He will likely serve 30 days in the county jail, pay fines and surcharges as determined by the court, take part in a chemical use assessment and be placed on probation for five years.
Schwartz was charged in January 2014 with traffic DWI, neglect of a child and restricted driver’s license alcohol violation.
He will be sentenced to 180 days in the county jail. However, under the DWI Court program, Schwartz’s sentence will likely be staggered.
Theisen faced fourth degree drug charges after her arrest in May 2013.
Under the plea agreement, she will complete a chemical assessment, pay fines and fees determined by the court and provide DNA as determined by law. Jail time, if any, was scheduled  to be debated by the prosecutors and defense attorneys on Aug. 22.  read entire story. . . .

Otter Tail County part of regional health partnership

Partner SHIP4 Health is a health improvement program in the counties of Otter Tail, Becker, Clay and Wilkin. SHIP is a statewide program developed by the Minnesota State Legislature in 2008.
Goals of SHIP are to improve health and contain health care costs. Two programs include reducing the percentage of Minnesotans who use or are exposed to tobacco and reducing the percentage of Minnesotans who
are obese or overweight.
“Through this program, in all four counties here in west central Minnesota, we’re encouraging better nutrition and increased physical activity,” said Otter Tail County Health Director Diane Thorson.
Thorson told the county board of commissioners that a meeting of the Partnership4Health Joint Powers Board was held Aug 1 this year.  read entire story. . . .

Arts Council names board members from multiple counties, including Otter Tail

The Lake Region Arts Council welcomes Erin Gunderson, (Wilkin County), Gregory DeGier and Susan Scarborough, (Douglas County), Jamie V. Beyer (Traverse County), James Arvidson (Otter Tail County), and Beth Salvatore, (Clay County) to its Board of Directors:
James A. Arvidson, Parkers Prairie
James Arvidson attended U of MN, Crookston and obtained an Associate of Agriculture degree. In 2007, he completed the Regional Leadership Institute. His community leadership roles have earned him with medals and awards internationally as well as national and local recognition.  James held many executive positions through community service organizations, including the Lions, Jaycees, Lutheran Brotherhood, Church Council, and Lakeland Hospice. He has a lifetime of service in the region with the goal of making a difference in the lives of those who choose to live in West Central Minnesota.  He believes all art forms benefit our culture. He looks forward to the important work that lies ahead with LRAC.  read entire story. . . .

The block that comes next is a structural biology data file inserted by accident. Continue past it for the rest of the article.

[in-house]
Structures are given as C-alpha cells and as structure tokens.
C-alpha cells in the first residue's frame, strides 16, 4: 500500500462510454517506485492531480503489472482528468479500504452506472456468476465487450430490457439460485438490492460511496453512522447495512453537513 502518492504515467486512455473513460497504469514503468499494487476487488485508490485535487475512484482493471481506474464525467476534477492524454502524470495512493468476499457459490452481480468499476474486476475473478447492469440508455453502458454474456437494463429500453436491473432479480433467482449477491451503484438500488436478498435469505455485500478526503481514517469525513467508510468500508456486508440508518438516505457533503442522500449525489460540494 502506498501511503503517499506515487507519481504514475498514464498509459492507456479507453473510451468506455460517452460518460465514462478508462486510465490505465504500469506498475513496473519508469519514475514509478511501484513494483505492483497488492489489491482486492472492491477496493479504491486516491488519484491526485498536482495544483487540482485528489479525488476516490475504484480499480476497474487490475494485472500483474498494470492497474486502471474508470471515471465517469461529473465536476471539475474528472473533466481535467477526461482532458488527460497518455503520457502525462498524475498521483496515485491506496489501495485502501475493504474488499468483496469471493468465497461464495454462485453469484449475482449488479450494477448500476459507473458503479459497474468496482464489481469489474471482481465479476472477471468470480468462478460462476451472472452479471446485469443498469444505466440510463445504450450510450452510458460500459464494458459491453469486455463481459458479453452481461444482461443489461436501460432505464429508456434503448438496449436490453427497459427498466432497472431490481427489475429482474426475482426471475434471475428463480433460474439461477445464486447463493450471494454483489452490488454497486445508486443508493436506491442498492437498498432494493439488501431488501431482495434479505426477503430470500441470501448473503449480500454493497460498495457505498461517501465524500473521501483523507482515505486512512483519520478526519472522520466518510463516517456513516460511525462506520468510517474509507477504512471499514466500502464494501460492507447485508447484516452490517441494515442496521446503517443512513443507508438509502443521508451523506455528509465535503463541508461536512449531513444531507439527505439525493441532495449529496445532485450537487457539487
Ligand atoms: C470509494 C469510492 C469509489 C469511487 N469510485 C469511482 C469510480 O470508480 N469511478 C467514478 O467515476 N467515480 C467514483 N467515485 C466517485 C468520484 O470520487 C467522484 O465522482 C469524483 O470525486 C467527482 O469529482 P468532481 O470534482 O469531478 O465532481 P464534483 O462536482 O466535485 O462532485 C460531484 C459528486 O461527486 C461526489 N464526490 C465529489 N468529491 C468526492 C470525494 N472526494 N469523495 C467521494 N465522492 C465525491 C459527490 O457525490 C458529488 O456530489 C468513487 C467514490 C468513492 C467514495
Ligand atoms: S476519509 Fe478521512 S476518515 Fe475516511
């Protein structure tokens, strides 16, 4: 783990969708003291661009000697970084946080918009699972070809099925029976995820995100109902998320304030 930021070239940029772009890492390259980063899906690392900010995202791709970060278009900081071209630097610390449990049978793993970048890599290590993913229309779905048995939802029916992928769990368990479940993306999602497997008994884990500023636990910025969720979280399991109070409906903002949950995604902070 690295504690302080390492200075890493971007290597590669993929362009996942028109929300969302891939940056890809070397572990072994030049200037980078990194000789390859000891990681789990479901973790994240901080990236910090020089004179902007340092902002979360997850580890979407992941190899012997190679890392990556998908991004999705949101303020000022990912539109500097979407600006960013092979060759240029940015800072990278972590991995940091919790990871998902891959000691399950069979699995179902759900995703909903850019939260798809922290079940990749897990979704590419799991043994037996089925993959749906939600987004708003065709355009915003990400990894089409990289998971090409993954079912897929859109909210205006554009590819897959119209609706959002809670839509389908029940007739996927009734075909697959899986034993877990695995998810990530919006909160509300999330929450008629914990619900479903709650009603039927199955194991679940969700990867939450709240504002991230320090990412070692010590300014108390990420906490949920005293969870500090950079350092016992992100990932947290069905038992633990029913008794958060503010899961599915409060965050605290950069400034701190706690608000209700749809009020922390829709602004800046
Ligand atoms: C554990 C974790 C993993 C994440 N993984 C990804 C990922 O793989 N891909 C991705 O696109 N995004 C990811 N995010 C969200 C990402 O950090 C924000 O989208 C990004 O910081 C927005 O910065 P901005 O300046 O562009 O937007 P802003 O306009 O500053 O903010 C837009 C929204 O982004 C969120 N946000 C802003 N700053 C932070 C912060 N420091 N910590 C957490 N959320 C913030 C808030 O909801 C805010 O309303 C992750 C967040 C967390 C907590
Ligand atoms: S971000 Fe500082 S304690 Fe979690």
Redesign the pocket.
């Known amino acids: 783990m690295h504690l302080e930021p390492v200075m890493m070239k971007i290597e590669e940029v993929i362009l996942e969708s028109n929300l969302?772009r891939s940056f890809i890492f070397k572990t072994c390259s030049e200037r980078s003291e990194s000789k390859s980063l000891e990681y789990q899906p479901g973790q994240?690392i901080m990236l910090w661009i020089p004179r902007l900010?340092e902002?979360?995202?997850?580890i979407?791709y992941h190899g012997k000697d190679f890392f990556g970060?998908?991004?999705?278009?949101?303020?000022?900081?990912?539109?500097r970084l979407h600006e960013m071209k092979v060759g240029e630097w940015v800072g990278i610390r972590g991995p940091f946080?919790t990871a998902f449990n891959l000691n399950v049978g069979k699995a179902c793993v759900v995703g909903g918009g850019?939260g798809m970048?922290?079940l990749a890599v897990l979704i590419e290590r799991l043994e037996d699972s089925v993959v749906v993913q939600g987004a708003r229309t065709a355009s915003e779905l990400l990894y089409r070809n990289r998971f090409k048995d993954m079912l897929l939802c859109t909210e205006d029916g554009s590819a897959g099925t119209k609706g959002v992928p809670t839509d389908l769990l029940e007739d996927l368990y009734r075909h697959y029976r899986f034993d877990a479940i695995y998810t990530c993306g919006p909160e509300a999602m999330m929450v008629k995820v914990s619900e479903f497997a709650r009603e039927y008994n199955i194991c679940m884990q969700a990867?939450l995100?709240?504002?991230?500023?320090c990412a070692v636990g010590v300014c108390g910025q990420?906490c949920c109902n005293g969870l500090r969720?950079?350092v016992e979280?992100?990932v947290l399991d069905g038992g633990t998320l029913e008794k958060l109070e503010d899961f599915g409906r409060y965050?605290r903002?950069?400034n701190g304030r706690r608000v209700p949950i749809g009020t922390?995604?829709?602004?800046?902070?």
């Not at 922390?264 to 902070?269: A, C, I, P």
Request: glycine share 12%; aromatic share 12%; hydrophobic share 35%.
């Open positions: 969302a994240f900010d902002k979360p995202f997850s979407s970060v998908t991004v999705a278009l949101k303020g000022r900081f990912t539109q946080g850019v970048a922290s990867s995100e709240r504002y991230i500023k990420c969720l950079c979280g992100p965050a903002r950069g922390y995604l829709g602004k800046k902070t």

‘Food Hub’ for local growers will service schools, child care facilities under Bush Foundation grant

Lakes Country Service Cooperative (LCSC) has been awarded a Bush Foundation Community Innovation Grant to start a food hub in its nine-county service region.
The Fresh Connect food hub will assemble fresh produce and fruit from multiple local growers and deliver it directly to schools, healthcare, and childcare centers that provide meals for students, residents, and visitors. Food hubs are emerging around the country as an answer to the need for support to bring fresh locally grown produce from the family farm to schools and other organizations interested in providing healthier meals.
According to LCSC Dietician Dana Rieth, “Local growers will diversify their market for sales, and students and residents will benefit from eating healthy foods. Schools and healthcare will be able to say they know where their produce is coming from and teach about the lifelong benefits of healthy eating.”
“We are pleased to move forward with a pilot program that we hope will become a model for other communities. This is truly an innovative project that has grown out of a year of planning. Thanks to our many community partners who have helped us realize this vision,” says Jeremy Kovash, LCSC Executive Director.

Trail issue likely on Otter Tail County bd. agenda for Sept. 9

September 9 is a red-letter date for the Otter Tail County Board; when the proposed Pelican Rapids to Maplewood State Park to Perham recreational trail is slated as an agenda item.
The board will likely be considering adopting the trail plan at the Sept. 9 session, according to Patrick Hollister, PartnerShip 4 Health, who serves on the trail task force committee.
Issues connected to the trail have moved to the forefront throughout Otter Tail County, as an opposition group has mobilized.  Among other issues, the group contends the trail will be too costly to justify relative to the potential  economic gain.
The trail has become a campaign issue in West Otter Tail, because incumbent commissioner Johnson has been consistently supportive of the trail.  His opponent in the upcoming November election, Everett Erickson, has gone on record as opposed to the county’s involvement in the trail project. He has questioned the cost, the economic benefit and the impact on the terrain and  private property owners.              
Some trail supporters are increasingly focusing on not only an economic factors and the tourism-related potential, but on health and safety.  read entire story. . . .